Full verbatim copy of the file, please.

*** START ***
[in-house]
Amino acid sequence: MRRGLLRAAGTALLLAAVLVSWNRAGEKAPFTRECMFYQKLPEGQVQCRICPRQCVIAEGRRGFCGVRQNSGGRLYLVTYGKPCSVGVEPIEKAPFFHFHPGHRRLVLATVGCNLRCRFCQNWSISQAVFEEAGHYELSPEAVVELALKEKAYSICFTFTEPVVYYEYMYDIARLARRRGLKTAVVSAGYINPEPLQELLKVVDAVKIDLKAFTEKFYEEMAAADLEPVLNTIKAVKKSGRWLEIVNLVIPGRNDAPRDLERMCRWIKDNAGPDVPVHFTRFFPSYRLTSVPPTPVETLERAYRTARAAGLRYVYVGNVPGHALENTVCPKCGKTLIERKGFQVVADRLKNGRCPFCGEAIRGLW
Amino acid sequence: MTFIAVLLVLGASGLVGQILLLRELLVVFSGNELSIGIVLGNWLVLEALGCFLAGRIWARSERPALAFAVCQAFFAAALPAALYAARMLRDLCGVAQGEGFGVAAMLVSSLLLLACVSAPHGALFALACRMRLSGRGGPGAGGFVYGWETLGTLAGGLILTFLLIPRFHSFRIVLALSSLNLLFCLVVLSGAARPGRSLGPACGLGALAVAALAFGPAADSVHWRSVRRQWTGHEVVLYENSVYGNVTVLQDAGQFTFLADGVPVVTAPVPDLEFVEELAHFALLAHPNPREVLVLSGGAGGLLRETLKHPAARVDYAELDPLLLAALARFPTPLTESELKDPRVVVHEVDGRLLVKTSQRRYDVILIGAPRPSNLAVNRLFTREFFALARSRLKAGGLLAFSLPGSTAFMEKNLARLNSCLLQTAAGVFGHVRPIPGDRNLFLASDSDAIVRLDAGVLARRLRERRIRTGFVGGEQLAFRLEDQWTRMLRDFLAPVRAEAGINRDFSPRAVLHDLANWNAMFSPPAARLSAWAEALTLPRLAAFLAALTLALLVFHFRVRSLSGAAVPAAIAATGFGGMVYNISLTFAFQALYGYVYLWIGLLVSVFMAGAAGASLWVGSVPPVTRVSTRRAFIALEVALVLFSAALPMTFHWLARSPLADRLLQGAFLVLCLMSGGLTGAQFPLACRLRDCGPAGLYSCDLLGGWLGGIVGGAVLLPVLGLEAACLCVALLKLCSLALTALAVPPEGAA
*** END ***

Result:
[in-house]
Amino acid sequence: MRRGLLRAAGTALLLAAVLVSWNRAGEKAPFTRECMFYQKLPEGQVQCRICPRQCVIAEGRRGFCGVRQNSGGRLYLVTYGKPCSVGVEPIEKAPFFHFHPGHRRLVLATVGCNLRCRFCQNWSISQAVFEEAGHYELSPEAVVELALKEKAYSICFTFTEPVVYYEYMYDIARLARRRGLKTAVVSAGYINPEPLQELLKVVDAVKIDLKAFTEKFYEEMAAADLEPVLNTIKAVKKSGRWLEIVNLVIPGRNDAPRDLERMCRWIKDNAGPDVPVHFTRFFPSYRLTSVPPTPVETLERAYRTARAAGLRYVYVGNVPGHALENTVCPKCGKTLIERKGFQVVADRLKNGRCPFCGEAIRGLW
Amino acid sequence: MTFIAVLLVLGASGLVGQILLLRELLVVFSGNELSIGIVLGNWLVLEALGCFLAGRIWARSERPALAFAVCQAFFAAALPAALYAARMLRDLCGVAQGEGFGVAAMLVSSLLLLACVSAPHGALFALACRMRLSGRGGPGAGGFVYGWETLGTLAGGLILTFLLIPRFHSFRIVLALSSLNLLFCLVVLSGAARPGRSLGPACGLGALAVAALAFGPAADSVHWRSVRRQWTGHEVVLYENSVYGNVTVLQDAGQFTFLADGVPVVTAPVPDLEFVEELAHFALLAHPNPREVLVLSGGAGGLLRETLKHPAARVDYAELDPLLLAALARFPTPLTESELKDPRVVVHEVDGRLLVKTSQRRYDVILIGAPRPSNLAVNRLFTREFFALARSRLKAGGLLAFSLPGSTAFMEKNLARLNSCLLQTAAGVFGHVRPIPGDRNLFLASDSDAIVRLDAGVLARRLRERRIRTGFVGGEQLAFRLEDQWTRMLRDFLAPVRAEAGINRDFSPRAVLHDLANWNAMFSPPAARLSAWAEALTLPRLAAFLAALTLALLVFHFRVRSLSGAAVPAAIAATGFGGMVYNISLTFAFQALYGYVYLWIGLLVSVFMAGAAGASLWVGSVPPVTRVSTRRAFIALEVALVLFSAALPMTFHWLARSPLADRLLQGAFLVLCLMSGGLTGAQFPLACRLRDCGPAGLYSCDLLGGWLGGIVGGAVLLPVLGLEAACLCVALLKLCSLALTALAVPPEGAA